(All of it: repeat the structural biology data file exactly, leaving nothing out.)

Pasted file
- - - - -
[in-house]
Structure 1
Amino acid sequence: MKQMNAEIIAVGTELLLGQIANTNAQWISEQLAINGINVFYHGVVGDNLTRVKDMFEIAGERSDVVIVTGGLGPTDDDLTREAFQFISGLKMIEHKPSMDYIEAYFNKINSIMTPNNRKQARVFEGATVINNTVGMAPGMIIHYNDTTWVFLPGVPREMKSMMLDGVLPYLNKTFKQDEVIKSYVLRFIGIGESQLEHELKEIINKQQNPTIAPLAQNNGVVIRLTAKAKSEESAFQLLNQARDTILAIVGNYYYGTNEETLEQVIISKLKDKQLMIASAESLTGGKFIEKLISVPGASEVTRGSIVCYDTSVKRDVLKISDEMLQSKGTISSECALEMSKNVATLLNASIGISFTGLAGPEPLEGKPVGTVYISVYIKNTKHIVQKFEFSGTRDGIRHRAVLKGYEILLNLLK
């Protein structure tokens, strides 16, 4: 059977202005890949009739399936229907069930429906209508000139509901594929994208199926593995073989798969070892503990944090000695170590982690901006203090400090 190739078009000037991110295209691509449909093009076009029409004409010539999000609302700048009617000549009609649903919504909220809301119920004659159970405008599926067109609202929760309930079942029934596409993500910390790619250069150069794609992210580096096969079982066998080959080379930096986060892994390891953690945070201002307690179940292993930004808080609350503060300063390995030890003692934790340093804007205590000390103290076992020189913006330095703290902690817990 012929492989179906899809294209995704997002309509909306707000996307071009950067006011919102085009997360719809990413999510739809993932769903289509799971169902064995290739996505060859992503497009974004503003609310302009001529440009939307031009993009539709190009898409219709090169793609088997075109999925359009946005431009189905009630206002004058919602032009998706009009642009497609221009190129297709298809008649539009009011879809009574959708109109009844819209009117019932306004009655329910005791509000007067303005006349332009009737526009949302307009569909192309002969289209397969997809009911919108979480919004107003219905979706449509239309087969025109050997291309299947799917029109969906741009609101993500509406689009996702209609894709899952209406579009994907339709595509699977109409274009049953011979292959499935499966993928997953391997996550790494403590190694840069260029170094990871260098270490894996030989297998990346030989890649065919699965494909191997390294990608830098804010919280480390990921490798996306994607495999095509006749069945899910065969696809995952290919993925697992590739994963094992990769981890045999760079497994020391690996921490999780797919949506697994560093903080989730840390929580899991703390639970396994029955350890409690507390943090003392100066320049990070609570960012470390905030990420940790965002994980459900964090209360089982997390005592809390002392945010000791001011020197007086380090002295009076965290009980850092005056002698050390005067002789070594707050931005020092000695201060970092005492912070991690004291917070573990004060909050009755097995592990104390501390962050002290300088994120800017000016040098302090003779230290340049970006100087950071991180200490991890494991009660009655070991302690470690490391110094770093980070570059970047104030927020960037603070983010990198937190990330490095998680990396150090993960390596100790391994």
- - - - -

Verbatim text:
[in-house]
Structure 1
Amino acid sequence: MKQMNAEIIAVGTELLLGQIANTNAQWISEQLAINGINVFYHGVVGDNLTRVKDMFEIAGERSDVVIVTGGLGPTDDDLTREAFQFISGLKMIEHKPSMDYIEAYFNKINSIMTPNNRKQARVFEGATVINNTVGMAPGMIIHYNDTTWVFLPGVPREMKSMMLDGVLPYLNKTFKQDEVIKSYVLRFIGIGESQLEHELKEIINKQQNPTIAPLAQNNGVVIRLTAKAKSEESAFQLLNQARDTILAIVGNYYYGTNEETLEQVIISKLKDKQLMIASAESLTGGKFIEKLISVPGASEVTRGSIVCYDTSVKRDVLKISDEMLQSKGTISSECALEMSKNVATLLNASIGISFTGLAGPEPLEGKPVGTVYISVYIKNTKHIVQKFEFSGTRDGIRHRAVLKGYEILLNLLK
């Protein structure tokens, strides 16, 4: 059977202005890949009739399936229907069930429906209508000139509901594929994208199926593995073989798969070892503990944090000695170590982690901006203090400090 190739078009000037991110295209691509449909093009076009029409004409010539999000609302700048009617000549009609649903919504909220809301119920004659159970405008599926067109609202929760309930079942029934596409993500910390790619250069150069794609992210580096096969079982066998080959080379930096986060892994390891953690945070201002307690179940292993930004808080609350503060300063390995030890003692934790340093804007205590000390103290076992020189913006330095703290902690817990 012929492989179906899809294209995704997002309509909306707000996307071009950067006011919102085009997360719809990413999510739809993932769903289509799971169902064995290739996505060859992503497009974004503003609310302009001529440009939307031009993009539709190009898409219709090169793609088997075109999925359009946005431009189905009630206002004058919602032009998706009009642009497609221009190129297709298809008649539009009011879809009574959708109109009844819209009117019932306004009655329910005791509000007067303005006349332009009737526009949302307009569909192309002969289209397969997809009911919108979480919004107003219905979706449509239309087969025109050997291309299947799917029109969906741009609101993500509406689009996702209609894709899952209406579009994907339709595509699977109409274009049953011979292959499935499966993928997953391997996550790494403590190694840069260029170094990871260098270490894996030989297998990346030989890649065919699965494909191997390294990608830098804010919280480390990921490798996306994607495999095509006749069945899910065969696809995952290919993925697992590739994963094992990769981890045999760079497994020391690996921490999780797919949506697994560093903080989730840390929580899991703390639970396994029955350890409690507390943090003392100066320049990070609570960012470390905030990420940790965002994980459900964090209360089982997390005592809390002392945010000791001011020197007086380090002295009076965290009980850092005056002698050390005067002789070594707050931005020092000695201060970092005492912070991690004291917070573990004060909050009755097995592990104390501390962050002290300088994120800017000016040098302090003779230290340049970006100087950071991180200490991890494991009660009655070991302690470690490391110094770093980070570059970047104030927020960037603070983010990198937190990330490095998680990396150090993960390596100790391994």